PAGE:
At Pisac, our guide shared with us some history of the Incan empire. First off, he clarified that calling the indigenous people Incas was a misnomer because there was only one Inca and that was the king. It is more accurate to call the indigenous people, “the Andean people” in referencing the Andean mountains. He explained that while the Incan empire did not have any written documentation of their history, modern archeologists and anthropologists have made educated guesses as to what the purposes of each of the ruins were that have been rediscovered.
Like many other ruins, Pisac sports majestic terraces up an entire mountainside. There were three different uses for these terraces: 1) agriculture, 2) decoration, and 3) foundation for other structures. At Pisac you can see that the terraces were used for each of these purposes.
As their main food staple, the Andean people grew corn, potatoes, and grains. We were told that the Peruvian corns have much larger kernels than the ones in America because they are cultiavted at high altitudes. The Andeans did not need to build an elaborate irrigation system because the crops were watered naturally by the jungle rain and morning mist. And storehouses were built on the tops of the mountains because the wind and cold temperatures acted as natural refrigeration. Talk about being green and eco-friendly!
Another interesting feature at Pisac are the graves that were carved into the mountainside. The graves face the east so that when the sun rises each morning, the dead would be purified by the sun as they journey into the afterlife. Our guide explained that when someone died, they would be buried in these mountains adorned with gold and jewels. Unfortunately, when the Spaniards conquered Cusco in 1533, they pillaged these graves for the precious metals and jewels.
After taking in the majestic views, we ventured down the mountain to Parwa Restaurante, another Planeterra-supported project for lunch. Everything we ate was ridiculously tasty and it was nice to know that we were supporting the local women.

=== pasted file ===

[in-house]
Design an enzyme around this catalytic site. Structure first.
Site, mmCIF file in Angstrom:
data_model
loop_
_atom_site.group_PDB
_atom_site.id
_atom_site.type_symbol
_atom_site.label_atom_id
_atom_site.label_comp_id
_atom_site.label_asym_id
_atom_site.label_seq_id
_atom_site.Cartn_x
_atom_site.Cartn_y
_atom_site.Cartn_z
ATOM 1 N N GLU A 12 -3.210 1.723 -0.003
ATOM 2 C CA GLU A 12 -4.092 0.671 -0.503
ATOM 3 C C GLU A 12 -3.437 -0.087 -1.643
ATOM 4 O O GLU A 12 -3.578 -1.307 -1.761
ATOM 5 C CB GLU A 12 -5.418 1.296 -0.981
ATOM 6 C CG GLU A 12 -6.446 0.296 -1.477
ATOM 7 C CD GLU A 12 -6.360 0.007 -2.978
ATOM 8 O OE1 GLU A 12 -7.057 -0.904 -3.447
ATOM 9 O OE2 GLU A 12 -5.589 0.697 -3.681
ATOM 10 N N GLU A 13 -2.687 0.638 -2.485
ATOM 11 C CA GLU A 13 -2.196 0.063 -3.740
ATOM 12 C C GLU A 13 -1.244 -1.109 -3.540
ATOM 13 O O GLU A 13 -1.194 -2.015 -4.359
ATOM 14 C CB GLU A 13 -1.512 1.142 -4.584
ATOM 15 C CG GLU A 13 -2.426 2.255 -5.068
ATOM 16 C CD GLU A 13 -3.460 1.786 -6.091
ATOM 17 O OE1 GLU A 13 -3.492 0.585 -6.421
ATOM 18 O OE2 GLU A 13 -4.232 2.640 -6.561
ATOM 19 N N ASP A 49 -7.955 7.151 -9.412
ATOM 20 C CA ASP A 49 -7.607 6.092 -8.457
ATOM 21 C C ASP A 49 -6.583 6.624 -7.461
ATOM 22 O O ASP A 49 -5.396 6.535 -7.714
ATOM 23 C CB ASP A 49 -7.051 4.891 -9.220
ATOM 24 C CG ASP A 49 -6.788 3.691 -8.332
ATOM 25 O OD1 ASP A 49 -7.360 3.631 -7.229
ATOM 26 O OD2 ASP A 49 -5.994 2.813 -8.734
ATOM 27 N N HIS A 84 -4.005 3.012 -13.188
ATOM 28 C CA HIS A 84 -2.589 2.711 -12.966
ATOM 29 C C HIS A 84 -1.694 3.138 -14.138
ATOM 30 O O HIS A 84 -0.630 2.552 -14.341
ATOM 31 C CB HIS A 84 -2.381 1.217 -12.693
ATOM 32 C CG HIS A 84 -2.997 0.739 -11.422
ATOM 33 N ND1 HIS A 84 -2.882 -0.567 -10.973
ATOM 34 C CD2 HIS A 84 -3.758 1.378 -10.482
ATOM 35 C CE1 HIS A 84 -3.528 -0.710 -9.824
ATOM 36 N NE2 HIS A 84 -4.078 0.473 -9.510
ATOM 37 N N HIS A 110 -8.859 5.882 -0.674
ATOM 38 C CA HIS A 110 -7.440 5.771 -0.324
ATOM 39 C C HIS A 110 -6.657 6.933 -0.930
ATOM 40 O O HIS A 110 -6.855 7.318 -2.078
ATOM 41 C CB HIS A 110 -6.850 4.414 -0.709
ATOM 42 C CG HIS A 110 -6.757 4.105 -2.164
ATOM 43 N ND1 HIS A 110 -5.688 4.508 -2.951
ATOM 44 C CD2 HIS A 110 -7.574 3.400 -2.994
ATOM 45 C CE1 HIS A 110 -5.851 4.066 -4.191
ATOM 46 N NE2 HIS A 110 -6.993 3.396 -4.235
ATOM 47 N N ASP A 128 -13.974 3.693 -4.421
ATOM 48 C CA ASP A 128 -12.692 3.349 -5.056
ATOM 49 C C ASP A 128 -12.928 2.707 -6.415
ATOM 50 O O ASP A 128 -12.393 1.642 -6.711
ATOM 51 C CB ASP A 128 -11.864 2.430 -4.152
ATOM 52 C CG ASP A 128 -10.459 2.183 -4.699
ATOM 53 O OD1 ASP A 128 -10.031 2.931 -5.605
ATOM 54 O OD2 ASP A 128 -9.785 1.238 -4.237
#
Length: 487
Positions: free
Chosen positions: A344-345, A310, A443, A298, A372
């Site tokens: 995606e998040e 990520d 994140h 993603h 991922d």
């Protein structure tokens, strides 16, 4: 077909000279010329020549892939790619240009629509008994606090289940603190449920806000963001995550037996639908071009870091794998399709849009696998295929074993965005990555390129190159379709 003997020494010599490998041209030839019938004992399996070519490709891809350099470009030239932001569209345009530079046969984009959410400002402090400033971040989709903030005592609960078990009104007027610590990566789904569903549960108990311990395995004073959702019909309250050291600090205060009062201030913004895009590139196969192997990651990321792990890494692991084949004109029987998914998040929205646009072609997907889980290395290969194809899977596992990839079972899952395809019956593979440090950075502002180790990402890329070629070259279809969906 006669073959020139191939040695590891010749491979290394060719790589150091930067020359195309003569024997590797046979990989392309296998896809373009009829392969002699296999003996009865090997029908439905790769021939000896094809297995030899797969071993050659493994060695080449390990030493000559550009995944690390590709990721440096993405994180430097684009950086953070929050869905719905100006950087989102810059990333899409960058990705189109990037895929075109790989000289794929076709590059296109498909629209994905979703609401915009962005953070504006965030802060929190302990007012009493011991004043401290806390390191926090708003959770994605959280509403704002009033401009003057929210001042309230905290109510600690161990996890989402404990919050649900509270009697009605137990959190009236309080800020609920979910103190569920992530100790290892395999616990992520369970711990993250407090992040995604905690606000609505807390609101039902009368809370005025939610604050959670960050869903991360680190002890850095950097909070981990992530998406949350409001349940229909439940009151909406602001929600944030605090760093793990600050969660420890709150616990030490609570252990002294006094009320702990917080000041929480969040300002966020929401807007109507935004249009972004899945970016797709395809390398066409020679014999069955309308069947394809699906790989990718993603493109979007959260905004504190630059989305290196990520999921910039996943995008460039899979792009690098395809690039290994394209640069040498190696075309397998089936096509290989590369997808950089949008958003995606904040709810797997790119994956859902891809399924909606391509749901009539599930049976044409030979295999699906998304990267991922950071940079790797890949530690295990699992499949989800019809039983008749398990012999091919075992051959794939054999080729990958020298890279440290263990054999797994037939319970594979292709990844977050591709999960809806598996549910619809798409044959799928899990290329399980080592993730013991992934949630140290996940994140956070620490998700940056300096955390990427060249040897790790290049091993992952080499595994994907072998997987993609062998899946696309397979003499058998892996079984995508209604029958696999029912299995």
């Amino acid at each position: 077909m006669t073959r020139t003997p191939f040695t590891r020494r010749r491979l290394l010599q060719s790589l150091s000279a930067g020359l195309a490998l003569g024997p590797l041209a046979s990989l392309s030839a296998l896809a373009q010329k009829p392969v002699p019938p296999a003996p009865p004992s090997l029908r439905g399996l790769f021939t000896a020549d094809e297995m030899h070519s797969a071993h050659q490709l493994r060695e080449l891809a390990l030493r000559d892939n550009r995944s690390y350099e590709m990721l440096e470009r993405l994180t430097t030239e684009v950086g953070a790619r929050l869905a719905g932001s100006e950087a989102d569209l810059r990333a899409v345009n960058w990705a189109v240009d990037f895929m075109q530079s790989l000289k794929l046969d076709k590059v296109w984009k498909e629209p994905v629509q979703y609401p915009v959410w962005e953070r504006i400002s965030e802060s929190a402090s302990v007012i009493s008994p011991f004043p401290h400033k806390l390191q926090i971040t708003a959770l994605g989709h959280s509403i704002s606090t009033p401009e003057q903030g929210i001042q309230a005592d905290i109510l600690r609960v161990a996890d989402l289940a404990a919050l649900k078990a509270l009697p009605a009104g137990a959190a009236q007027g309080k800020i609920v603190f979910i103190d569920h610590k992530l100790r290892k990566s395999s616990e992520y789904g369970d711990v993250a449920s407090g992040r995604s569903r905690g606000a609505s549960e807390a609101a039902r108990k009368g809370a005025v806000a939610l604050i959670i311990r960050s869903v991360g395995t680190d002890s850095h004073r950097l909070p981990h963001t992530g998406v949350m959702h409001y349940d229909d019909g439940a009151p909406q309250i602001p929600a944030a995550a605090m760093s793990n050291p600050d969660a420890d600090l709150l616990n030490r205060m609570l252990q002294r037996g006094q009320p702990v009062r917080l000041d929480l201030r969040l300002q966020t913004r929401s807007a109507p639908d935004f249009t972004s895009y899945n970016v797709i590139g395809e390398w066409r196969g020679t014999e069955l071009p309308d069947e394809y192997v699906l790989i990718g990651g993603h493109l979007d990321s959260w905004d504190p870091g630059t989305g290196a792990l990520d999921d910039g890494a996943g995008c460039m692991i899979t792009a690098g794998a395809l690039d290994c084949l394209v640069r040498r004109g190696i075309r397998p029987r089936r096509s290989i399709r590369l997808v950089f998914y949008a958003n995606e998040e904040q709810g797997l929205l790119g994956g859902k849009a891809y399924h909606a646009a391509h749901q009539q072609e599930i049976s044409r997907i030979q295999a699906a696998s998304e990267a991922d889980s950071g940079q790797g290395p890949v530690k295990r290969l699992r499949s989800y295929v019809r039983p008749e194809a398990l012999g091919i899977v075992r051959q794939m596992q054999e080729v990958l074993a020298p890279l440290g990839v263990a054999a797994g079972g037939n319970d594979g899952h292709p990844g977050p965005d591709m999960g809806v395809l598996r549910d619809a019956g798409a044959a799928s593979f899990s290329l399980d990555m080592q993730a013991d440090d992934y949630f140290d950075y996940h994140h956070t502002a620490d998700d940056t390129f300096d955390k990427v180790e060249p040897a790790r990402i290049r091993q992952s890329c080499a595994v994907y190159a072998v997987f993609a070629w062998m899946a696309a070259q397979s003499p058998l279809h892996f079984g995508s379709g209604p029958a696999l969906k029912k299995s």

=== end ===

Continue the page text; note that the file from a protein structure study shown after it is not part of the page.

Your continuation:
Next we headed to our last Inca ruin for the day at Ollantaytambo. Honestly by this time, I was so exhausted and grouchy from the jam-packed schedule, I wanted to lie and say I had altitude sickness and go back to the hotel to take a nap. But alas, I did not; and I’m really glad I didn’t because I learned so much more about the significance of yet another extraordinary site.
At the base of Ollantaytambo, there is a fountain in what appears to have been a temple. Our guide explained that the Incas were very keen on the changing seasons and movements of the sun. They created this place such that on every summer solstice, the entire room would be filled with the sun’s beams and at one specific time on that day, the sun would be reflected off the edge of the water.
Our guide pointed out that on the Pinkuylluna mountain, there are two faces. One was a man-made carving of Wiracochan, the creator of civilization and the other was a natural rock formation of an Inca’s profile. Can you see the faces?
We also learned the significance of the number 3. We had already discussed how the world was divided into three parts: the upper, middle, and underworlds; and discussed the three animals representing those worlds: the condor, puma, and serpent, respectively. Our guide explained that these two sets of threes represented the top two sides of the Andean cross, which has 3 steps on each of the four sides. He pointed out that on the 4th stone to the left on the Wall of the Six Monoliths, you can see the beginnings of the Andean cross being carved into the stone. As we discussed the significance of the number 3 and the remains of the Sun Temple, the sun began to set into the valley on the west, casting an ominous shadow on the town.
After an exhausting long day filled with Incan sites and history, we retired to our hotels for one last night of luxury before our 4 day trek on the Inca Trail.